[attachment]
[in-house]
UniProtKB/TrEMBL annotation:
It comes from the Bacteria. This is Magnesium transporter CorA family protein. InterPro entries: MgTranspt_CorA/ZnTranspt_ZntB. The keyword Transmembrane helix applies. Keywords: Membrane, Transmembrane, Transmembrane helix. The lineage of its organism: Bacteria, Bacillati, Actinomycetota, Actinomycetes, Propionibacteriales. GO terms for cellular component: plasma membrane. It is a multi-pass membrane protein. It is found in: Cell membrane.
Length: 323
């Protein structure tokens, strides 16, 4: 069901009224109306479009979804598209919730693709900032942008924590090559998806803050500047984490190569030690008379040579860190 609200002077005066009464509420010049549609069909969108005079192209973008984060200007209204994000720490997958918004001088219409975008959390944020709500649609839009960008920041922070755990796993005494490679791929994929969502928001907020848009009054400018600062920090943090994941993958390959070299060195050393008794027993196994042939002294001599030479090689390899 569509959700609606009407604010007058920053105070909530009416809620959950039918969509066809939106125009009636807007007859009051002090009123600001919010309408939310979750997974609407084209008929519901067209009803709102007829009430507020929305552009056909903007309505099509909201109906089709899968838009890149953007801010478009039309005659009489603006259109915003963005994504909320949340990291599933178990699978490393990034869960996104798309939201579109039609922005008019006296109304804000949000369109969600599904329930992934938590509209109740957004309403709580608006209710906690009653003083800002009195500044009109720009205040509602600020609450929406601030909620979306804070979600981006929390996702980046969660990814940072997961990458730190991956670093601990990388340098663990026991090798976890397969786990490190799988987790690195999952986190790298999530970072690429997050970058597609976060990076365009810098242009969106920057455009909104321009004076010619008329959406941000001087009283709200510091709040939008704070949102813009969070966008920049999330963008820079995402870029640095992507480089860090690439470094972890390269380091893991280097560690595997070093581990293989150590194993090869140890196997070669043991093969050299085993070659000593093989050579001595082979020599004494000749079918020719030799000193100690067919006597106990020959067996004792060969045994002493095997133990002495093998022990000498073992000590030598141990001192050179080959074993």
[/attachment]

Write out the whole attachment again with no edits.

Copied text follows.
[in-house]
UniProtKB/TrEMBL annotation:
It comes from the Bacteria. This is Magnesium transporter CorA family protein. InterPro entries: MgTranspt_CorA/ZnTranspt_ZntB. The keyword Transmembrane helix applies. Keywords: Membrane, Transmembrane, Transmembrane helix. The lineage of its organism: Bacteria, Bacillati, Actinomycetota, Actinomycetes, Propionibacteriales. GO terms for cellular component: plasma membrane. It is a multi-pass membrane protein. It is found in: Cell membrane.
Length: 323
């Protein structure tokens, strides 16, 4: 069901009224109306479009979804598209919730693709900032942008924590090559998806803050500047984490190569030690008379040579860190 609200002077005066009464509420010049549609069909969108005079192209973008984060200007209204994000720490997958918004001088219409975008959390944020709500649609839009960008920041922070755990796993005494490679791929994929969502928001907020848009009054400018600062920090943090994941993958390959070299060195050393008794027993196994042939002294001599030479090689390899 569509959700609606009407604010007058920053105070909530009416809620959950039918969509066809939106125009009636807007007859009051002090009123600001919010309408939310979750997974609407084209008929519901067209009803709102007829009430507020929305552009056909903007309505099509909201109906089709899968838009890149953007801010478009039309005659009489603006259109915003963005994504909320949340990291599933178990699978490393990034869960996104798309939201579109039609922005008019006296109304804000949000369109969600599904329930992934938590509209109740957004309403709580608006209710906690009653003083800002009195500044009109720009205040509602600020609450929406601030909620979306804070979600981006929390996702980046969660990814940072997961990458730190991956670093601990990388340098663990026991090798976890397969786990490190799988987790690195999952986190790298999530970072690429997050970058597609976060990076365009810098242009969106920057455009909104321009004076010619008329959406941000001087009283709200510091709040939008704070949102813009969070966008920049999330963008820079995402870029640095992507480089860090690439470094972890390269380091893991280097560690595997070093581990293989150590194993090869140890196997070669043991093969050299085993070659000593093989050579001595082979020599004494000749079918020719030799000193100690067919006597106990020959067996004792060969045994002493095997133990002495093998022990000498073992000590030598141990001192050179080959074993």